Officials in Hawaii have released a photo showing the enormous bite mark left in a kayak by a shark who attacked two whale watchers.
Daniel Sullivan and his son, Tristan, left the west side of Maui island in their kayak at 11:35 a.m. on Wednesday to go whale watching, the father wrote on Instagram. They later saw two dolphins and a pod of whales. Daniel Sullivan snapped photos of the animals, which he later shared on Instagram alongside an account of the shark encounter.
Around five minutes after Daniel Sullivan took the photos, a shark swam up to the pair, he said.
“[The shark] bit into the kayak, just inches from my leg, rocking us to the right and flipping us into the water next to it on the left side of the boat,” he wrote.
Daniel Sullivan started hitting the shark’s mouth with his paddle, and shouted at his son that it was a shark, not a whale, that had hit their vessel. The pair climbed back into the kayak, before the shark flipped them over once more.
In the water, Daniel Sullivan “saw the giant shark bite on the bottom of the kayak and the water leaking in.” The kayak started sinking, and the pair realized they would have to abandon it in order to survive.
“I grabbed the dry bag. I took out my iPhone, my keys and we started to swim. Behind us we could hear the shark hitting the kayak over and over again,” he wrote.
It took the father and son 35 minutes to swim to shore. Sullivan attempted to call 911, but his phone had run out of battery. So the pair clung to their camera gear and swam, taking a break every 10 strokes to catch their breath.
“We knew the shark might be close and I could use the camera as a weapon,” he said. “I’m alive and I’m not sure how or why, but grateful for my son’s life and mine.”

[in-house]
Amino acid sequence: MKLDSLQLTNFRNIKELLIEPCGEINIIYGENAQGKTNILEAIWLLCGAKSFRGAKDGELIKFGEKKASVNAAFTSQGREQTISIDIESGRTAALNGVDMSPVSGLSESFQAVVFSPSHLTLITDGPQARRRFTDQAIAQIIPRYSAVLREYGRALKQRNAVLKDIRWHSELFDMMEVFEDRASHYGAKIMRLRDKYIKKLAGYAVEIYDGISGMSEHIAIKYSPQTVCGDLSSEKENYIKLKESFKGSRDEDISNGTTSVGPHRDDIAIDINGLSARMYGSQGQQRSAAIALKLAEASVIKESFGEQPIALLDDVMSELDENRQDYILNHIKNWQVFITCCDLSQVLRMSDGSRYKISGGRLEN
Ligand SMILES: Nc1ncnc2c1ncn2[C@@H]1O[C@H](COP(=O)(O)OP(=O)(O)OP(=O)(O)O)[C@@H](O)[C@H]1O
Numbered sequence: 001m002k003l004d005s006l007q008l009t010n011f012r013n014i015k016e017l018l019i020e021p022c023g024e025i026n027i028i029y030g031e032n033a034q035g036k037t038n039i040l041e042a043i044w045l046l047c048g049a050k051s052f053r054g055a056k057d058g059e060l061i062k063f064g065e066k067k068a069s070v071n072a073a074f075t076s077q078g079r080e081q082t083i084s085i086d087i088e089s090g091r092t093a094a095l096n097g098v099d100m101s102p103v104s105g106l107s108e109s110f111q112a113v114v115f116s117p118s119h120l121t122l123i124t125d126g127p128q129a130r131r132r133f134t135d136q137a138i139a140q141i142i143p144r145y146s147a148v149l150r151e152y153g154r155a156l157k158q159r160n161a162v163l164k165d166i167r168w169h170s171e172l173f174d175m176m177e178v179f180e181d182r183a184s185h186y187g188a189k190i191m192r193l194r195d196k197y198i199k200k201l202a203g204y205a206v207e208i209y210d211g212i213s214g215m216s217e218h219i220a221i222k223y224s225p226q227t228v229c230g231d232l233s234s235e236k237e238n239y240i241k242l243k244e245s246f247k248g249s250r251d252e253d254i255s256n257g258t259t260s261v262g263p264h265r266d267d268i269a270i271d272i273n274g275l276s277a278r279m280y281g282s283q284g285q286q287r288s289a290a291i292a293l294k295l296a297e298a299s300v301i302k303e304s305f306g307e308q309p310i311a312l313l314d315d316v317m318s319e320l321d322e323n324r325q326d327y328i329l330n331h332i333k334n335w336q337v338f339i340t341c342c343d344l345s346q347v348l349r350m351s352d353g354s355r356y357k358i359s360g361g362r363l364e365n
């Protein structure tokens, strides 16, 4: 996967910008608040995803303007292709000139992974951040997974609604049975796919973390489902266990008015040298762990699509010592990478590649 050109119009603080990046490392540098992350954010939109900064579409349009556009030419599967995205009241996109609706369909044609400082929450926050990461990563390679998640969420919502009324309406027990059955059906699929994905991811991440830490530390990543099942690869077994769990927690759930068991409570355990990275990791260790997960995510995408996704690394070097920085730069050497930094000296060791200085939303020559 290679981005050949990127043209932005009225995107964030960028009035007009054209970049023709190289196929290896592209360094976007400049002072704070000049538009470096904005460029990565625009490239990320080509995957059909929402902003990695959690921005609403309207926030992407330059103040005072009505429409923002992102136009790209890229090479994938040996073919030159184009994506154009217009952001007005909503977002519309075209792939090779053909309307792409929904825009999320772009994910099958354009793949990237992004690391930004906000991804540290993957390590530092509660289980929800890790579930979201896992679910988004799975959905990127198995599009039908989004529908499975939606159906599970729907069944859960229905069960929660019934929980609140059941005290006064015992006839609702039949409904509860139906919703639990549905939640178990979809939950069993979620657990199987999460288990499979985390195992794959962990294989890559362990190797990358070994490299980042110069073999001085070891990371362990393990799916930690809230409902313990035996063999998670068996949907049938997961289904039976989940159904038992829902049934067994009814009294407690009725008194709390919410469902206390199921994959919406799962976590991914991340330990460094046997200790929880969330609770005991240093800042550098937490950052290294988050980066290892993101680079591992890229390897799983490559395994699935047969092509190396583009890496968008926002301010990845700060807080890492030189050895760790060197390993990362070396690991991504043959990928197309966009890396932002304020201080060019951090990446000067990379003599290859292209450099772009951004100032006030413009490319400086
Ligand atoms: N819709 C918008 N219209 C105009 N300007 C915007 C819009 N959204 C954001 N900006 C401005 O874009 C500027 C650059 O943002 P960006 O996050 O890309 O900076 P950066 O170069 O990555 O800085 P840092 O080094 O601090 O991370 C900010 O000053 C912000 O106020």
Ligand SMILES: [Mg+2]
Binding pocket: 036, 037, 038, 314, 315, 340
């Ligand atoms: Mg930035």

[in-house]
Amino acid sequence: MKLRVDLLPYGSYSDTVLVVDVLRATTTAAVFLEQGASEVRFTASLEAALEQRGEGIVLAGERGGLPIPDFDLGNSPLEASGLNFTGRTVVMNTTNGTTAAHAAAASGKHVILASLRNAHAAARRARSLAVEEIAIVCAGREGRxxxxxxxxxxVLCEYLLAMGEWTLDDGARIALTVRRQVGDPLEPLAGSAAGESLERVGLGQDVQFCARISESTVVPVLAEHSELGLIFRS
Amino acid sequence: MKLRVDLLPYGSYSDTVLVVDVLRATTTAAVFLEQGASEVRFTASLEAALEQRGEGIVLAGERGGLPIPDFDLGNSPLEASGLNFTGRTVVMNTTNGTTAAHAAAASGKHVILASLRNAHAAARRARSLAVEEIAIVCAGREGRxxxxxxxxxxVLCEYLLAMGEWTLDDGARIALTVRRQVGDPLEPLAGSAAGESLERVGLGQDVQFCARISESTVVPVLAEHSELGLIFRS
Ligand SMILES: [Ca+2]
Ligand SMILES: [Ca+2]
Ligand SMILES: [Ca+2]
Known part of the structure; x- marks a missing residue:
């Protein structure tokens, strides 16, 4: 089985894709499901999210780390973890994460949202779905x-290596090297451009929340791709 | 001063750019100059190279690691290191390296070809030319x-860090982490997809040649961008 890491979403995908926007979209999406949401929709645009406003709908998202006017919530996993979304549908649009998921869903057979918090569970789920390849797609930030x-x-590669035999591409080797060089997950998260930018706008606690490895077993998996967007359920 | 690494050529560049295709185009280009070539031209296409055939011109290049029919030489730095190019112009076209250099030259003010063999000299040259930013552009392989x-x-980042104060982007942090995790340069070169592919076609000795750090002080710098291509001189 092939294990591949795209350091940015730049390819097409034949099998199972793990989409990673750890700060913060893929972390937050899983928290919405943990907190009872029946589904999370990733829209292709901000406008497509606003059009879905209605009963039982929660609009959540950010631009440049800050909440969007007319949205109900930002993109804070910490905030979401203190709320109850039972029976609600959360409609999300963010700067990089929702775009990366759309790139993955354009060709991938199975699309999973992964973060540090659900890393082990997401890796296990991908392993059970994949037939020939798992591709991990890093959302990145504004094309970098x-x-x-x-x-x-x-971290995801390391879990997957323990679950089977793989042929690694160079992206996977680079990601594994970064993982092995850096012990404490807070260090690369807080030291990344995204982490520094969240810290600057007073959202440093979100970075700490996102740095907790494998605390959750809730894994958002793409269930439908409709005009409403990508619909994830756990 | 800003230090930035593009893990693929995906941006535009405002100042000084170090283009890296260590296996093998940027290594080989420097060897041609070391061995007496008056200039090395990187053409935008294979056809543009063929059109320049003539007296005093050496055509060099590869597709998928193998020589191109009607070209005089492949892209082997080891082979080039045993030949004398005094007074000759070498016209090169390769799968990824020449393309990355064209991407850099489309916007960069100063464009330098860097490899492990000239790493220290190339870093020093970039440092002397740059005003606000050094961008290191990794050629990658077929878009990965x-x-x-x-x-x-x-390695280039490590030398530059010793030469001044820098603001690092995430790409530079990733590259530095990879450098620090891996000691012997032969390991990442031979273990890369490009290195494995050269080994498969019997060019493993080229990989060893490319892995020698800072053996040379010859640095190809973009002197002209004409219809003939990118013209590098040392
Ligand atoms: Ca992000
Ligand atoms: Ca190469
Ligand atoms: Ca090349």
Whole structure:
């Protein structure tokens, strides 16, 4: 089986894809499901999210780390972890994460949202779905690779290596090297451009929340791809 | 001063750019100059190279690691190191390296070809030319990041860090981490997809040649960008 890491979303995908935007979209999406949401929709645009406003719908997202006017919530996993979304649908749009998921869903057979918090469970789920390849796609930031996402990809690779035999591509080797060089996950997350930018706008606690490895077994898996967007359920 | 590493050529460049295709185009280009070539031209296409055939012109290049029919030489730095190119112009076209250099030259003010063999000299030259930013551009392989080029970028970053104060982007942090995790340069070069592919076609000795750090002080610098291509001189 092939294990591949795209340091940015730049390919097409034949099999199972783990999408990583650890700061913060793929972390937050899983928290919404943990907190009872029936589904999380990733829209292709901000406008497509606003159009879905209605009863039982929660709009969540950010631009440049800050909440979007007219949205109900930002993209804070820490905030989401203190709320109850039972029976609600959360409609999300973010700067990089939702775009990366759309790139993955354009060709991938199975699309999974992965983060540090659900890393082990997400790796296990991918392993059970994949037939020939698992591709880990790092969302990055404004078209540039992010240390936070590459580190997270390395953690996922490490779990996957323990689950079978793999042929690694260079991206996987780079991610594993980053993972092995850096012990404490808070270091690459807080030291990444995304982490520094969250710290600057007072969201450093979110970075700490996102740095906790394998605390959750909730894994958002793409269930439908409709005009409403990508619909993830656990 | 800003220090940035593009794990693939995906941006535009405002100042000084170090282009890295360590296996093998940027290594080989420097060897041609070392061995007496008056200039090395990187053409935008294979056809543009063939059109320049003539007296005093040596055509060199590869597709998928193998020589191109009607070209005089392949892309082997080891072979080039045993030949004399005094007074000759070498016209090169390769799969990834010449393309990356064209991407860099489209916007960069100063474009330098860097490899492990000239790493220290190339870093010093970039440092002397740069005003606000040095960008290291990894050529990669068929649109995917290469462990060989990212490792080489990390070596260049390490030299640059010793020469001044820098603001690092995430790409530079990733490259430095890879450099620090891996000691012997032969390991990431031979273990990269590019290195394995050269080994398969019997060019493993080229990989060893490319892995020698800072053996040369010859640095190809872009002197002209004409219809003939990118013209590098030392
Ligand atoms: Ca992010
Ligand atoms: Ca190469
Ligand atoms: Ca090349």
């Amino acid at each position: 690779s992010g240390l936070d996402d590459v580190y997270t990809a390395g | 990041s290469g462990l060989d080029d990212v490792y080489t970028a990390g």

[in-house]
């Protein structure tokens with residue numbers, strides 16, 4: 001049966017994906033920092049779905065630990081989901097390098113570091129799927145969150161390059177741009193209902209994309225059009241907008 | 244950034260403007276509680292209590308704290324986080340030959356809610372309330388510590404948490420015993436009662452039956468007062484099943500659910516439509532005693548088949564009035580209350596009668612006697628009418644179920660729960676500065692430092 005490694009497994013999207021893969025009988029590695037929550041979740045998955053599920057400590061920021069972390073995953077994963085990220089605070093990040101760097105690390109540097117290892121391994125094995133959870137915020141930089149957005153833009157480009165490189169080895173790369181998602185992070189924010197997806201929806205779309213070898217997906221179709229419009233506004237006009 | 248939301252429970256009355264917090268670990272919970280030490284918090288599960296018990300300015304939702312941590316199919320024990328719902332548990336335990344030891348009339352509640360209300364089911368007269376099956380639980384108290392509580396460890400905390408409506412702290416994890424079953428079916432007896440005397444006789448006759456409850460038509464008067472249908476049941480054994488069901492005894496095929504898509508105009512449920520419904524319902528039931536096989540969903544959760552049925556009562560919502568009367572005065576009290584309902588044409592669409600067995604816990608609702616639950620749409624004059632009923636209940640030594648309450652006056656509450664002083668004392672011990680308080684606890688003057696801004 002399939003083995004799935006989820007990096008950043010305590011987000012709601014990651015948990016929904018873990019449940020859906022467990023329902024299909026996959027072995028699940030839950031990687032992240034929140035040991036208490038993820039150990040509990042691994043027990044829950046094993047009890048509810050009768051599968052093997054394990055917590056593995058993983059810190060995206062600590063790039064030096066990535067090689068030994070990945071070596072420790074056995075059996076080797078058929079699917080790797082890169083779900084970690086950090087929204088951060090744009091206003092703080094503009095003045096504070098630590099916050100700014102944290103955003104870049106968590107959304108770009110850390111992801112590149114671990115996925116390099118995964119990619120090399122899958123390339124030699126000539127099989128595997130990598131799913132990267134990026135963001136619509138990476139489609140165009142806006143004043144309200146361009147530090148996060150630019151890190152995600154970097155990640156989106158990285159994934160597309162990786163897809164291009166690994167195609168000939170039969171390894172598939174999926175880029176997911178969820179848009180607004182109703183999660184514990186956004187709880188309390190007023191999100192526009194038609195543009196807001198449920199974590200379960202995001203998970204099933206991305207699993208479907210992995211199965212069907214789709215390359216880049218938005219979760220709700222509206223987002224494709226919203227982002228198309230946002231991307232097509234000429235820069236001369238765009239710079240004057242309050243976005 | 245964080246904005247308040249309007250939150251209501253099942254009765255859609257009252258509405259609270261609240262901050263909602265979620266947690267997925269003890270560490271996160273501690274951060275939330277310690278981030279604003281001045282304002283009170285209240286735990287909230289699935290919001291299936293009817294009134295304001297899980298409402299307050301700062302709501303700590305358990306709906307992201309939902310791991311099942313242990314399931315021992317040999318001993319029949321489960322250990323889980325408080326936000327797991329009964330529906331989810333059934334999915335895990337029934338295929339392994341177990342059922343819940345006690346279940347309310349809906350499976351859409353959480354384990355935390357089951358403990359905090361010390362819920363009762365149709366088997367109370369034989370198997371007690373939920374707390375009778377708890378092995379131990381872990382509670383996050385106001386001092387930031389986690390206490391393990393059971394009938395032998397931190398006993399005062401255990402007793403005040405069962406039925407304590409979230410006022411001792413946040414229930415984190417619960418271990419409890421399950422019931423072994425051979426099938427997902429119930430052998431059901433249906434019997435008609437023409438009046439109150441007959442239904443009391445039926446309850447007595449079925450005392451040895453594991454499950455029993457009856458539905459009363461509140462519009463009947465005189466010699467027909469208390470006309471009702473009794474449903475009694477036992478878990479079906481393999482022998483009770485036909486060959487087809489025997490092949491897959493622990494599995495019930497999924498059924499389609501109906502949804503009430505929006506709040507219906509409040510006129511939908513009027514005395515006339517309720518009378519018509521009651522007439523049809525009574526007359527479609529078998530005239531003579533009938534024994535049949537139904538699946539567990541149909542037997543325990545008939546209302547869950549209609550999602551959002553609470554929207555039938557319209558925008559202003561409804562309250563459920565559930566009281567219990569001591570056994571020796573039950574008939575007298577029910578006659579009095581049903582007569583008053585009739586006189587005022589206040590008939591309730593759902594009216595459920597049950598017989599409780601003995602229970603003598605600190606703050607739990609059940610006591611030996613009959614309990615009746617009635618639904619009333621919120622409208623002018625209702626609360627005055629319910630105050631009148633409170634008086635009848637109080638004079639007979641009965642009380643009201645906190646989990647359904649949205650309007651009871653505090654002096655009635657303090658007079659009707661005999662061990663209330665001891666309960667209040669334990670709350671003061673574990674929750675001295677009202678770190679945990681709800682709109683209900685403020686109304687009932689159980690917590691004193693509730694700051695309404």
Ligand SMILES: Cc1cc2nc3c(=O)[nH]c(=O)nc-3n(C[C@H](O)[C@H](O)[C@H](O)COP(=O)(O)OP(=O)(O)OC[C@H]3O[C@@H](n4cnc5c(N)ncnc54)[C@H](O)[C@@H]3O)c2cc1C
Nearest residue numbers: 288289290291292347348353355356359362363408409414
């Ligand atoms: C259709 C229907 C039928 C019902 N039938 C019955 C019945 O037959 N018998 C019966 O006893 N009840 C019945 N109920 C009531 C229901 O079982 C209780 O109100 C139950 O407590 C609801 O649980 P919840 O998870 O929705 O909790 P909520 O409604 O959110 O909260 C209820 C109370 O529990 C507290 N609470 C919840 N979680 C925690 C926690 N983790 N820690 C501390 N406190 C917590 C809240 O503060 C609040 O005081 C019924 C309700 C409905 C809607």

Daniel Sullivan told Hawaii News Now: “When its mouth rose up and bit into the kayak, it was like a scene out of a movie.
“The water streaming off of it, these giant teeth coming right at us, and then the way it just pushed the entire boat up halfway and pulled us back down into the water.”
Speaking at a virtual news briefing, Daniel Sullivan said the pair tried to flag a boat while they were in the water, but it saw them and kept going, “which was pretty disheartening.”
Tristan Sullivan said: “We’re just happy to be here. It was very scary, especially when we had to swim back with… when it was deep and there’s nothing below you and knowing it’s right behind you.”
The Department of Land and Natural Resources said beaches were closed after the incident and reopened noon Thursday local time.
Daniel Sullivan told the DLNR the shark was between 10 to 13 feet long. The bite mark left on the kayak was 16 by 23 inches. The organization is running tests on samples taken from the kayak to determine the species of shark.
Carl Meyer, of the Hawai’i Institute of Marine Biology, said in a statement: “The Sullivan’s description of the shark and the characteristics of the bite impression are both consistent with a white shark. We will be able to definitively identify the species if we are able to recover transfer DNA from the kayak.”